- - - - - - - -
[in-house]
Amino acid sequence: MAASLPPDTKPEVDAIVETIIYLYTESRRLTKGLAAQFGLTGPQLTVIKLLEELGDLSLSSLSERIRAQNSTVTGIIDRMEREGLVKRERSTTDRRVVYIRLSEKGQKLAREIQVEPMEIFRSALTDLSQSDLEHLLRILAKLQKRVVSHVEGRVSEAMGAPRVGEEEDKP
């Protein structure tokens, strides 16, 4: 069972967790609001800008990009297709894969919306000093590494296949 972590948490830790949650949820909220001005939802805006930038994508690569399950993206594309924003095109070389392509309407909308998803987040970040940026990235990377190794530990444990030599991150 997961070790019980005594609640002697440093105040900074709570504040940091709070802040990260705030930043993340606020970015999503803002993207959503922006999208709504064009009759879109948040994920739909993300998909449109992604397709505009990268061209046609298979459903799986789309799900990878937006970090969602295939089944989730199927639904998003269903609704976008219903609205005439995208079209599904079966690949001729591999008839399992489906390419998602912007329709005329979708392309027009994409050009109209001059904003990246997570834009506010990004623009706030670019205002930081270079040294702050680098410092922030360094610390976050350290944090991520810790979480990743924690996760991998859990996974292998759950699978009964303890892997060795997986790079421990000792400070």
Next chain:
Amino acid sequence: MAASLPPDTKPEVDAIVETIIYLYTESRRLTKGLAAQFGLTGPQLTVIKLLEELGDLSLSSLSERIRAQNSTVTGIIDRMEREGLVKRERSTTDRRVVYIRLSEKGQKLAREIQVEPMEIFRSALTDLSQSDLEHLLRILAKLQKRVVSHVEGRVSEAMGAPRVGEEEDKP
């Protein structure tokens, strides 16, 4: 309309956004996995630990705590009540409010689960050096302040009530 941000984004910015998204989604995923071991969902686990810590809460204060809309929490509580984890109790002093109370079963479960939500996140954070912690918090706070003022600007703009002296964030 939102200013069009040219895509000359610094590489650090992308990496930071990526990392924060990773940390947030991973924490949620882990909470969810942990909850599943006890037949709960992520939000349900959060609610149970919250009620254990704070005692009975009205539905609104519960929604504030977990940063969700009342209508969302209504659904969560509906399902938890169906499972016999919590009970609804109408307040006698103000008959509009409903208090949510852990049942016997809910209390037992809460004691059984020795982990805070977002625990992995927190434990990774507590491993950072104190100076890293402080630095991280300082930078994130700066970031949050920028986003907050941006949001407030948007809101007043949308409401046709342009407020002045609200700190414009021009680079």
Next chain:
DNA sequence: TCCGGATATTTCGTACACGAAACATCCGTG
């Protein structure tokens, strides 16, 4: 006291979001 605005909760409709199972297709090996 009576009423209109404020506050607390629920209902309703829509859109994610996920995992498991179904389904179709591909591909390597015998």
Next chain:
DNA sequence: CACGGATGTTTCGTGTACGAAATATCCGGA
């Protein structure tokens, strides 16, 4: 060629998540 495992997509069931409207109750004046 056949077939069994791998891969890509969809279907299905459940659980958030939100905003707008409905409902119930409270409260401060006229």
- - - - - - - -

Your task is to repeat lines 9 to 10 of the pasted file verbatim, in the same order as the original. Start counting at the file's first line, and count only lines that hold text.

């Protein structure tokens, strides 16, 4: 006291979001 605005909760409709199972297709090996 009576009423209109404020506050607390629920209902309703829509859109994610996920995992498991179904389904179709591909591909390597015998």
Next chain: